Assessment and Reporting

Assessment and Reporting

Faculty Advisor

Each e2 student has a faculty member who acts as their advisor for all four years of the program. A student’s advisor liaises with all the teachers the student has, as well as with the student and his or her family. The advisor tailors the support offered to each student based on that student’s individual needs.


The academic program is rigorous and involves students in accurate self-assessment, and individualized goal setting that emphasizes challenge, achievement, and accountability. Self-evaluation and self-assessment are the responsibility of the student, supported by teachers and the student’s advisor. In addition, the faculty evaluates students’ work in a wide variety of ways including testing.

The most important goal of assessment is for each student to have a clear understanding of their strengths, their challenges, and how to improve themselves. Students are provided a learning environment that constructively assists them in knowing themselves as a learner. As such, assessment is used for learning and as learning. What this means is that assessment is used as an opportunity for the teacher to communicate feedback to promote improvement, but also as a key opportunity for the student to be coached in the valuable process of independent self-assessment, self-monitoring of progress, and goal setting. Through this process, students become independent and autonomous learners. This manner of assessment for learning heightens both student engagement and commitment.

Assessment is embedded through each unit and guided by a variety of modes including: direct instruction, discussion, seminar, individual and group research, oral presentations, problem solving, peer evaluation, formal evaluation and feedback.

Success Criteria

Success criteria are described in specific terms at the beginning of a course in order that students have the opportunity to effect and understand the criteria used to assess their learning and develop an understanding for what evidence of learning they will need to demonstrate. The success criteria are designed so that students can recognize the purpose of the assigned work. Often the criteria are provided in the form of a rubric. Oral and written feedback is used throughout the course in order that students receive guidance specific to their own strengths and challenges. This one-on-one dialogue provides for assessment that is meaningful and guided by their personal abilities and potential.


The final course grade is reflective of the student’s achievement of the course expectations. The instructor considers all evidence by way of observations, conversations, and student products (assignments, projects, tests). Seventy per cent of the grade will be based on evaluation conducted throughout the course in the following four of categories:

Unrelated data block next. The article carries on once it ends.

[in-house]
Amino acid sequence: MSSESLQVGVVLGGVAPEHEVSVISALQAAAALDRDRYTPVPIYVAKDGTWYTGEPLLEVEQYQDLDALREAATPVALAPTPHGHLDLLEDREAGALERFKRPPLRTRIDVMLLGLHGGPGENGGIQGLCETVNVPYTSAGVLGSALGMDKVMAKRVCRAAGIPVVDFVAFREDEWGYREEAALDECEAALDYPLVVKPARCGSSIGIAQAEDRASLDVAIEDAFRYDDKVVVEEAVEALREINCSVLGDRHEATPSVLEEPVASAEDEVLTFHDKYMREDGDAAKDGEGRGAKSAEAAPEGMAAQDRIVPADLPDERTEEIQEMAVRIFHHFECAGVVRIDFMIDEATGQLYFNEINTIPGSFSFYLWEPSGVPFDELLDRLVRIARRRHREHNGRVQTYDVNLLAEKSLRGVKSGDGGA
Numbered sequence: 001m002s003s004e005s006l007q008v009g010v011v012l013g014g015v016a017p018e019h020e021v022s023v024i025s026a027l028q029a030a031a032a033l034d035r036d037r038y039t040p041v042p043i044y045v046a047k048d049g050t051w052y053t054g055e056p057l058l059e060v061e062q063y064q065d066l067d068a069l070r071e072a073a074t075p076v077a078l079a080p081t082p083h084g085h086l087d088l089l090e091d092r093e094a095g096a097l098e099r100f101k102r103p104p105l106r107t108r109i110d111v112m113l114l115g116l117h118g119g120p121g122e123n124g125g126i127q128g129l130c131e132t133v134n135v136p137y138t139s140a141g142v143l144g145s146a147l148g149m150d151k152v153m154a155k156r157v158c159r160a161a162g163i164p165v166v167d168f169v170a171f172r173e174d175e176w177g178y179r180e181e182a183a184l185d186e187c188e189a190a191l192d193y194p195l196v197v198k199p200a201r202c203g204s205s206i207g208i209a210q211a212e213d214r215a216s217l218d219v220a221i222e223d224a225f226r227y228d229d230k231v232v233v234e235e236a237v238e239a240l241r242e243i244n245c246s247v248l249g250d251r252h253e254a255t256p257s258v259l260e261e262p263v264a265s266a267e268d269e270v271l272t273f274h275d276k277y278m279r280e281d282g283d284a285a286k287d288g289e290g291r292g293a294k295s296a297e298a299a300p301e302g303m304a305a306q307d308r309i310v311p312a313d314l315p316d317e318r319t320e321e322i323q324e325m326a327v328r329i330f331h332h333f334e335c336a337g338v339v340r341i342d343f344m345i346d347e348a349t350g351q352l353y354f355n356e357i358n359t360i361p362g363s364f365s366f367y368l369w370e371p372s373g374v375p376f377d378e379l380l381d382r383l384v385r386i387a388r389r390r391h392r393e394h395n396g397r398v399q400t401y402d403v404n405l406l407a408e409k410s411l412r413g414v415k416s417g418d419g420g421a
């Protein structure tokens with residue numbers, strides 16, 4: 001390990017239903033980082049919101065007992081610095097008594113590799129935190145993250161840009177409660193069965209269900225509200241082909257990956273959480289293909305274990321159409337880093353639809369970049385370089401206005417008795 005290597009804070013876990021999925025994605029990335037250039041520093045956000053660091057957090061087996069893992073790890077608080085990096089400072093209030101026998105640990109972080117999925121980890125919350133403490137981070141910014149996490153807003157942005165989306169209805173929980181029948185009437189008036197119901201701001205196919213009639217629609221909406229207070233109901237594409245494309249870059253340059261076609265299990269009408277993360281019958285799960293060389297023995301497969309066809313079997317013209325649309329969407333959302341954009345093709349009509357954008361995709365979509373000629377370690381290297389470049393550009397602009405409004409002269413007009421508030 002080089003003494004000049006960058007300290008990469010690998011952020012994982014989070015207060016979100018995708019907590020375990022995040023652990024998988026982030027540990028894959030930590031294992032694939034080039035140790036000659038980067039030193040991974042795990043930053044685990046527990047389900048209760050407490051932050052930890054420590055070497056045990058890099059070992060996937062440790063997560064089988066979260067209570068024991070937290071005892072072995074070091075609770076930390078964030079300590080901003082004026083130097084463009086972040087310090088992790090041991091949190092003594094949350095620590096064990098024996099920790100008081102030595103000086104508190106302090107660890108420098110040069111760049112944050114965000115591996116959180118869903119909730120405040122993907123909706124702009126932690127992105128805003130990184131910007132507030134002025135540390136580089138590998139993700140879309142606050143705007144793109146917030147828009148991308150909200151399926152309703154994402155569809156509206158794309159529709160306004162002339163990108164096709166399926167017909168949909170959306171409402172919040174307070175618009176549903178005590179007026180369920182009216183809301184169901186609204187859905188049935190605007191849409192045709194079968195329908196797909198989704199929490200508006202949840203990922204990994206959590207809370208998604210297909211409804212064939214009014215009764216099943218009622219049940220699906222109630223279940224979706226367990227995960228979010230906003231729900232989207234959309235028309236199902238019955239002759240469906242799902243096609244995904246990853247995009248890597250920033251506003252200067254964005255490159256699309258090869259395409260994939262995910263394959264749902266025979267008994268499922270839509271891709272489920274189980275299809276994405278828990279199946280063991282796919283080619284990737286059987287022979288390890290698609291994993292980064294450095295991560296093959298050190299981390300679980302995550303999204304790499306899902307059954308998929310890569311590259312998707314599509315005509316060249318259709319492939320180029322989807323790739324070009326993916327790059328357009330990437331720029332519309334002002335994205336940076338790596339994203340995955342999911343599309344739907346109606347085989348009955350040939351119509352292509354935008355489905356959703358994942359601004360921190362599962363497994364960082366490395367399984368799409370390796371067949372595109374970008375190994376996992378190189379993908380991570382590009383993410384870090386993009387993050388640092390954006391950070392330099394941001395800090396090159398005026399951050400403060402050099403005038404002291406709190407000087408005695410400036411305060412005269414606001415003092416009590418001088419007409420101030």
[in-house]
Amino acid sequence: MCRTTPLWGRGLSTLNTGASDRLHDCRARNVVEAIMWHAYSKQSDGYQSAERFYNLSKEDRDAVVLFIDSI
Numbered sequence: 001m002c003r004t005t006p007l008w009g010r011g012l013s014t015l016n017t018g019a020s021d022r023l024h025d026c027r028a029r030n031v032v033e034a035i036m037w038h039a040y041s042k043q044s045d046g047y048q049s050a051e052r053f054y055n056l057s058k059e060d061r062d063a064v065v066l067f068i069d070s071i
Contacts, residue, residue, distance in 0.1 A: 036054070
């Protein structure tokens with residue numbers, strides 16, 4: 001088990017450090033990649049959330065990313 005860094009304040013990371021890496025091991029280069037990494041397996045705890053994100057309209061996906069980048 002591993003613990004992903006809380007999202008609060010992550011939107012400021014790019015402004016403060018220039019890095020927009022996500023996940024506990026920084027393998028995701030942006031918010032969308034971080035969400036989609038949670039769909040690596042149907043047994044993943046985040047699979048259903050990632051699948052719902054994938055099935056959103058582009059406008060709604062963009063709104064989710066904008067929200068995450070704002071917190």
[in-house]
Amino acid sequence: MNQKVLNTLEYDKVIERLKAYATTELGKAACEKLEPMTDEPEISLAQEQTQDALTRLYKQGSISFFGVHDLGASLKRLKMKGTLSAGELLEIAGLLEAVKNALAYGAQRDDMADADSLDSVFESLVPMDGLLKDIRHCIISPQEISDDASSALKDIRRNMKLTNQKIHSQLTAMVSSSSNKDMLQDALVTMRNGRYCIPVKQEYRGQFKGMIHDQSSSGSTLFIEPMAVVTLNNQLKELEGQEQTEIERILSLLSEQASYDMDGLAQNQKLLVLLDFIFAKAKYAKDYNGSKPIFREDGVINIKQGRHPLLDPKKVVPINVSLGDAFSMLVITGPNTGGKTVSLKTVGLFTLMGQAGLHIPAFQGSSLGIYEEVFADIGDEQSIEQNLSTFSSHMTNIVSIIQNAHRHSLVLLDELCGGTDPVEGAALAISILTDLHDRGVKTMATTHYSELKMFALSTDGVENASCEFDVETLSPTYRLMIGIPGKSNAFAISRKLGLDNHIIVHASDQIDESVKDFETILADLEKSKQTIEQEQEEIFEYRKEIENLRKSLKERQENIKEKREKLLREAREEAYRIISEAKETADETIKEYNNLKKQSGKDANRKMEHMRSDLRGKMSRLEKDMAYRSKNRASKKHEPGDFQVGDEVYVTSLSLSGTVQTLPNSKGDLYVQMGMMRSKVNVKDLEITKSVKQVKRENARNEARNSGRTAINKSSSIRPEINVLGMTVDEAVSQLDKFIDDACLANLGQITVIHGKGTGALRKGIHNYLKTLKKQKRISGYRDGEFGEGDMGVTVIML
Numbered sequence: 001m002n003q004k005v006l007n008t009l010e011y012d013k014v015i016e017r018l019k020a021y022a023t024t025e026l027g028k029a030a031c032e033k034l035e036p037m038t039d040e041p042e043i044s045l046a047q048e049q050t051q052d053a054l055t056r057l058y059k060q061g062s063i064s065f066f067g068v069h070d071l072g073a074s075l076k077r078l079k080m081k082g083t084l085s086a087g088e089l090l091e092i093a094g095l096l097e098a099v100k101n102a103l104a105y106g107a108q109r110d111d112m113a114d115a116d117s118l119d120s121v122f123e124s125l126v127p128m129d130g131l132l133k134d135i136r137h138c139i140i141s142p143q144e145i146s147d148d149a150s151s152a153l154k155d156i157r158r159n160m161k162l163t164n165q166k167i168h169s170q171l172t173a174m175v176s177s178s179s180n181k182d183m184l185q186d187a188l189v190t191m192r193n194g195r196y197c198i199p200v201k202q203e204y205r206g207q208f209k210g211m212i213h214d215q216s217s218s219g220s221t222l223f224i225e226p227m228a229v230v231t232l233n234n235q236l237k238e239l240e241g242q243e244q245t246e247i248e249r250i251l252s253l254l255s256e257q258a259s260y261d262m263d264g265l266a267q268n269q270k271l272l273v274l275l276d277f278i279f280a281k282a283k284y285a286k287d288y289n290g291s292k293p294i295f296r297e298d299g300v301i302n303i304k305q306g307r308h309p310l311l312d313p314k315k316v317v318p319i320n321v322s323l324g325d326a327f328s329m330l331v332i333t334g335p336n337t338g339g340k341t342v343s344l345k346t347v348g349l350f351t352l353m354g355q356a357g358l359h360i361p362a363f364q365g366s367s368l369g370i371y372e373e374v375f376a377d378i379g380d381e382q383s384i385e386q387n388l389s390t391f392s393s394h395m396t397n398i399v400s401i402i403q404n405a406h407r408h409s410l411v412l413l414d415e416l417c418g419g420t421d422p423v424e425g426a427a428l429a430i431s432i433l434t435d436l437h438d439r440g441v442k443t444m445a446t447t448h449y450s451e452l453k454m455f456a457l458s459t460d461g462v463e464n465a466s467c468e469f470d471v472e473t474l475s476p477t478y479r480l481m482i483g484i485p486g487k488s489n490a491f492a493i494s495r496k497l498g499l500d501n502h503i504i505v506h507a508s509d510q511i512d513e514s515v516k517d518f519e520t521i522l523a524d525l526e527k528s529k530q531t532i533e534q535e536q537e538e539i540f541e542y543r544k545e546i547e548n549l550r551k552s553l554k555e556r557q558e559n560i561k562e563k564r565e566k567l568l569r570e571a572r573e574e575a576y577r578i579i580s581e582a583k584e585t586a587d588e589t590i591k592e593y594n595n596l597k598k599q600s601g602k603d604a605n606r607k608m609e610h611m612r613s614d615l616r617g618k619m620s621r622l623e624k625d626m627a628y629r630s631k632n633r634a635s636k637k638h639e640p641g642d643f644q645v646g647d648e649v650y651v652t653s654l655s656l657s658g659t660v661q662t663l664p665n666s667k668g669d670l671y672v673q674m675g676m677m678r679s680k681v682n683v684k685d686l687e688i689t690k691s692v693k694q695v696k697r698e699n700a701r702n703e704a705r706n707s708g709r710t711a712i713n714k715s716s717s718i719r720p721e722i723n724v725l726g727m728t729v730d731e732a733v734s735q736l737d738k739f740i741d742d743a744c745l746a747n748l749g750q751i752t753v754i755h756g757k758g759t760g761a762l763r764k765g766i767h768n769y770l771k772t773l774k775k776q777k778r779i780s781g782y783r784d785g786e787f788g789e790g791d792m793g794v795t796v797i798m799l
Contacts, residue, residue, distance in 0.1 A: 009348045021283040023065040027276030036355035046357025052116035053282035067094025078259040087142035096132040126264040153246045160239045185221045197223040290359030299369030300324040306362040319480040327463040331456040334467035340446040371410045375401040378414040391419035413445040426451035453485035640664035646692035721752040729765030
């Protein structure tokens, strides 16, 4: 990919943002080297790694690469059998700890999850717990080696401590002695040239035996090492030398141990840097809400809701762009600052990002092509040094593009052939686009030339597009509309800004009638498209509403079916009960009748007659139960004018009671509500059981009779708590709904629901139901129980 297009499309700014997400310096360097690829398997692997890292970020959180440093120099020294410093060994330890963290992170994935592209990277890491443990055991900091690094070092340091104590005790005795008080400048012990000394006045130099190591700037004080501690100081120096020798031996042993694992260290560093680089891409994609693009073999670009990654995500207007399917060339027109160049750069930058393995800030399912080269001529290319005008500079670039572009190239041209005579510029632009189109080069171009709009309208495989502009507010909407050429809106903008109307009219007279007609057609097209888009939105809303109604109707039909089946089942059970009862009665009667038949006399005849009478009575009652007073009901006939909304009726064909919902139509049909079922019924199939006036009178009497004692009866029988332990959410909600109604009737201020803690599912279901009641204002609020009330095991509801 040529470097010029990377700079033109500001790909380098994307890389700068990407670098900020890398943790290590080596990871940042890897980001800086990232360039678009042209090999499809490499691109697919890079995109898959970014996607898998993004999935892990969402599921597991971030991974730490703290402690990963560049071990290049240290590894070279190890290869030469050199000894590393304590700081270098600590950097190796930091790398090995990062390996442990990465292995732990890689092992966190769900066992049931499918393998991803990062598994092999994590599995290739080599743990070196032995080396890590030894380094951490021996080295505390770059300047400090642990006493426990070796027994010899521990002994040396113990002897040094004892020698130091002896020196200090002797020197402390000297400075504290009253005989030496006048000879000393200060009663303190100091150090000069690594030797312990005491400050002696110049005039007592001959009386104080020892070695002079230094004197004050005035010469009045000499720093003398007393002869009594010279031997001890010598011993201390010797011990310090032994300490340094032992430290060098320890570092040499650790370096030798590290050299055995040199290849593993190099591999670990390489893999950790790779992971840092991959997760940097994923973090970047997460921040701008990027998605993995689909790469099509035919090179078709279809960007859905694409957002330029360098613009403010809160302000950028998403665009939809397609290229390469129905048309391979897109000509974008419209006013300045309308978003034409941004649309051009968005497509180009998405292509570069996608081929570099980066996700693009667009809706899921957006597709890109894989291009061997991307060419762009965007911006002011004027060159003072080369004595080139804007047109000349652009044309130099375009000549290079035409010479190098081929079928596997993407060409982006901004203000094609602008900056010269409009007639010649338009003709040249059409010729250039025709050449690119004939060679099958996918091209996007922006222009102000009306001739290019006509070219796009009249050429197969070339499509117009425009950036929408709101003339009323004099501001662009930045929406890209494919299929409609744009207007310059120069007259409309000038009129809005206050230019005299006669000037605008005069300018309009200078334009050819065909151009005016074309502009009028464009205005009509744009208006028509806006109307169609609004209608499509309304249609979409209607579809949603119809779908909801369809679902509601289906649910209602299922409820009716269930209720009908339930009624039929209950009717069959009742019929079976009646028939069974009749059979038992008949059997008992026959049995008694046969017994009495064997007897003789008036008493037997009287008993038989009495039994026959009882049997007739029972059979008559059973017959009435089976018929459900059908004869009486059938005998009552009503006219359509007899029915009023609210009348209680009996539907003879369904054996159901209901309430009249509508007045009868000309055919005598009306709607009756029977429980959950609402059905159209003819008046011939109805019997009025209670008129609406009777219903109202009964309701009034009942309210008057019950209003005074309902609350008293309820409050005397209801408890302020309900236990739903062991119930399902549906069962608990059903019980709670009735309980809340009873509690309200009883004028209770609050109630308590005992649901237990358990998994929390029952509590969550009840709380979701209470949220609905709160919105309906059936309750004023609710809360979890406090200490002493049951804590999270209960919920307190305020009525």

Thirty per cent of the grade will be based on a final evaluation administered at or towards the end of the course. This evaluation will be based on evidence from one or a combination of the following: an examination, a presentation or performance, an essay, and/or another method of evaluation suitable to the course content. The final evaluation allows the student an opportunity to demonstrate comprehensive achievement of the overall expectations for the course.

The most important goal of assessment is for each student to have a clear understanding of their strengths, their challenges, and how to manage these challenges. It is essential that students know themselves well and are comfortable with themselves when they graduate and move onto their postsecondary pursuit.

IWP (Independent Work Period)

The weekly schedule balances the delivery of curriculum content with independent work periods. IWP is a tool to help our students to develop their own time management skills, their self-advocacy skills and also to do some in-depth study. There is a clear expectation that the students are working during IWP but which project they choose to work on is up to them. For those who need support to know what to work on, directing them to their agenda often helps them to recognize the work that is before them and also reinforces the use of their agenda as an important time management tool. Often, but not always, the amount of homework that the students have is closely related to how effectively and efficiently they use their IWP, an interesting point for self-reflection that can be the catalyst for change. IWP is a time when students are free to choose which work they would like to work on. Freedom, however, comes with accountability.

The adults are available to the students during IWP, which provides the students with the opportunity to recognize any support they need and seek out that support, an important life skill. For those who are developing their self-advocacy skills, IWP provides the adults with a time to seek out the students who we feel need further support or clarifications and to provide individual and small group instruction. While a group of adolescents can certainly be loud, IWP is often a time that is certainly not silent; our adolescents love to collaborate with one another and there is often an inspiring buzz in the room.